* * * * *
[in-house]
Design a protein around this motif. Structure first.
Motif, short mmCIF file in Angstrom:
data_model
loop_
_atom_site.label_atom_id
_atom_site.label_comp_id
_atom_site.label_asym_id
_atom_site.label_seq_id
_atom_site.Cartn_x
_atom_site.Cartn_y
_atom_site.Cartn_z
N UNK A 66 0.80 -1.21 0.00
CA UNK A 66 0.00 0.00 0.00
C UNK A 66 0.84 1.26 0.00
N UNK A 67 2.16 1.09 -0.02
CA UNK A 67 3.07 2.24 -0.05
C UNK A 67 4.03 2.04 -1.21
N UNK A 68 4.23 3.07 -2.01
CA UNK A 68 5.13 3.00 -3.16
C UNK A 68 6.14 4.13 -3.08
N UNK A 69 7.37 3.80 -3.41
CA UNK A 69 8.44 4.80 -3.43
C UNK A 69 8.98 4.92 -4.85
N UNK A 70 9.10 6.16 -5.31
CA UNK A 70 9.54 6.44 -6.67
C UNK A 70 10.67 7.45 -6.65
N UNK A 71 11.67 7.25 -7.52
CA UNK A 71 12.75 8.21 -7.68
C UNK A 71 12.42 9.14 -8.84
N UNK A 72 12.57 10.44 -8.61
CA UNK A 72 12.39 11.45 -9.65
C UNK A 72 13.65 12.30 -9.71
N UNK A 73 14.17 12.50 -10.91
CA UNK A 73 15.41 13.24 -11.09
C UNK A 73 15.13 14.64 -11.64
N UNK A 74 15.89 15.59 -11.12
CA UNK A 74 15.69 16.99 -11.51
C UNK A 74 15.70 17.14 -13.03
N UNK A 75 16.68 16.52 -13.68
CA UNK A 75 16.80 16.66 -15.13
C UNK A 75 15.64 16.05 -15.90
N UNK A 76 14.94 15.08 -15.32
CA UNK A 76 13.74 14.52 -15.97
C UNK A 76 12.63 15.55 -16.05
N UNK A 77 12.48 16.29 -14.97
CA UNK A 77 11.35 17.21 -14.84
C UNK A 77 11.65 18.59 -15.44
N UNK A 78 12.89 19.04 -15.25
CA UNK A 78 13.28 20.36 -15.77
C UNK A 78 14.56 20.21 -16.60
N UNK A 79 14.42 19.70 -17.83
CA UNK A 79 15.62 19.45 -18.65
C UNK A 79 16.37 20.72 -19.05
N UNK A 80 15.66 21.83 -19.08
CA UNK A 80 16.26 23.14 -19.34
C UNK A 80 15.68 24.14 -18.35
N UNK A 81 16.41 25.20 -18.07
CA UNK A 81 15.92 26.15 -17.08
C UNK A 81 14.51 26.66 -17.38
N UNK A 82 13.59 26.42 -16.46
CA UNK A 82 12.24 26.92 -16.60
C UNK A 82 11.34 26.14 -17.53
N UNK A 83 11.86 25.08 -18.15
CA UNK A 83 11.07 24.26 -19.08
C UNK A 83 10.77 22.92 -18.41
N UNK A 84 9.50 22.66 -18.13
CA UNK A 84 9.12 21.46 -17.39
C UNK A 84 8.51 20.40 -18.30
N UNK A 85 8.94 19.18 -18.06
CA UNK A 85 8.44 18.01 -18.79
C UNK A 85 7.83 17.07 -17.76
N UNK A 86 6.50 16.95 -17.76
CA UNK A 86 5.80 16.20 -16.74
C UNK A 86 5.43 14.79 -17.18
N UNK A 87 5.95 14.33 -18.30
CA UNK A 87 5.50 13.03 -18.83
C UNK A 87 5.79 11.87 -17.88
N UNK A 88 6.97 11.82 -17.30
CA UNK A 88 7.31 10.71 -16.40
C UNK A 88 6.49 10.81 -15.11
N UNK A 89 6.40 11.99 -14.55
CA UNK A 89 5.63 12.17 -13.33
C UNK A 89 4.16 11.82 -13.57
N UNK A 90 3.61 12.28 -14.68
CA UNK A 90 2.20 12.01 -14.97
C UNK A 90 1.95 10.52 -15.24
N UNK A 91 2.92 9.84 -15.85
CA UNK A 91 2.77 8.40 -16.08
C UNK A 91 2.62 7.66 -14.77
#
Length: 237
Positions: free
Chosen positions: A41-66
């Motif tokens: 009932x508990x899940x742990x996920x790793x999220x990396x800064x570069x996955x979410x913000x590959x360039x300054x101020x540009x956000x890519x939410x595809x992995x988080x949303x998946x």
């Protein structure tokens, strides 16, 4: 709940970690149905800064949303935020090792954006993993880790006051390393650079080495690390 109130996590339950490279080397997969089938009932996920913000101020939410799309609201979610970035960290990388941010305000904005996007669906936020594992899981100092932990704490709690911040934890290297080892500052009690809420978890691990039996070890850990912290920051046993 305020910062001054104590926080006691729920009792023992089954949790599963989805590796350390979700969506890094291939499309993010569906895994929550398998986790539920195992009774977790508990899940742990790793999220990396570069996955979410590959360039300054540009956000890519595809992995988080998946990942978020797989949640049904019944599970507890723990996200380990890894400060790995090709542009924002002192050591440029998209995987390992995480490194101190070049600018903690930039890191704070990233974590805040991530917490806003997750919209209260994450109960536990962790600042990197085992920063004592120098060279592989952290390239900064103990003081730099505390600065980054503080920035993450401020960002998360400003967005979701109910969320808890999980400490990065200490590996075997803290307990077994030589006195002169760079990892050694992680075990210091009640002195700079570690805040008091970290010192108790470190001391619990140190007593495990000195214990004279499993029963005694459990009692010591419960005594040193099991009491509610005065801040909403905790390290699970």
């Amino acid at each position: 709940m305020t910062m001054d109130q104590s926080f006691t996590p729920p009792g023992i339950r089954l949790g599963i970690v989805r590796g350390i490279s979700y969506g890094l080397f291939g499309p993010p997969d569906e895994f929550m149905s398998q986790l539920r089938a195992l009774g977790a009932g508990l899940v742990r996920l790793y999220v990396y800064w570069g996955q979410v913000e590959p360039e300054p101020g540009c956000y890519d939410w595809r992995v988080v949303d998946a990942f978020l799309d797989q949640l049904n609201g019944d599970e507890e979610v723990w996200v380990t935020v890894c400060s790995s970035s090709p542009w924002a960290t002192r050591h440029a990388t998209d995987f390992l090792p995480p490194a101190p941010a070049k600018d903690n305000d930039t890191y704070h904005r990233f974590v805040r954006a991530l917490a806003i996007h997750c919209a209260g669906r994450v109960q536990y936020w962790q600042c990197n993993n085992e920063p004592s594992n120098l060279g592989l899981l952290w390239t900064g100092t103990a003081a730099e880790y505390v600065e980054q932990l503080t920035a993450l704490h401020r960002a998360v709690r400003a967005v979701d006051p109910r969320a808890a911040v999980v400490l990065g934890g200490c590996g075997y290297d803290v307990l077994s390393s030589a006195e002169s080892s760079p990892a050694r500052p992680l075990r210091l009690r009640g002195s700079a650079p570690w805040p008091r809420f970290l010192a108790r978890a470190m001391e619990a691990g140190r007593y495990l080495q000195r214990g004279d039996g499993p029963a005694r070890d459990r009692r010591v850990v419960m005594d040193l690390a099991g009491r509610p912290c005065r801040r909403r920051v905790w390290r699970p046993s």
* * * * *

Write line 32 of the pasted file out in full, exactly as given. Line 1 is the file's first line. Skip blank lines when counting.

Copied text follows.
CA UNK A 72 12.39 11.45 -9.65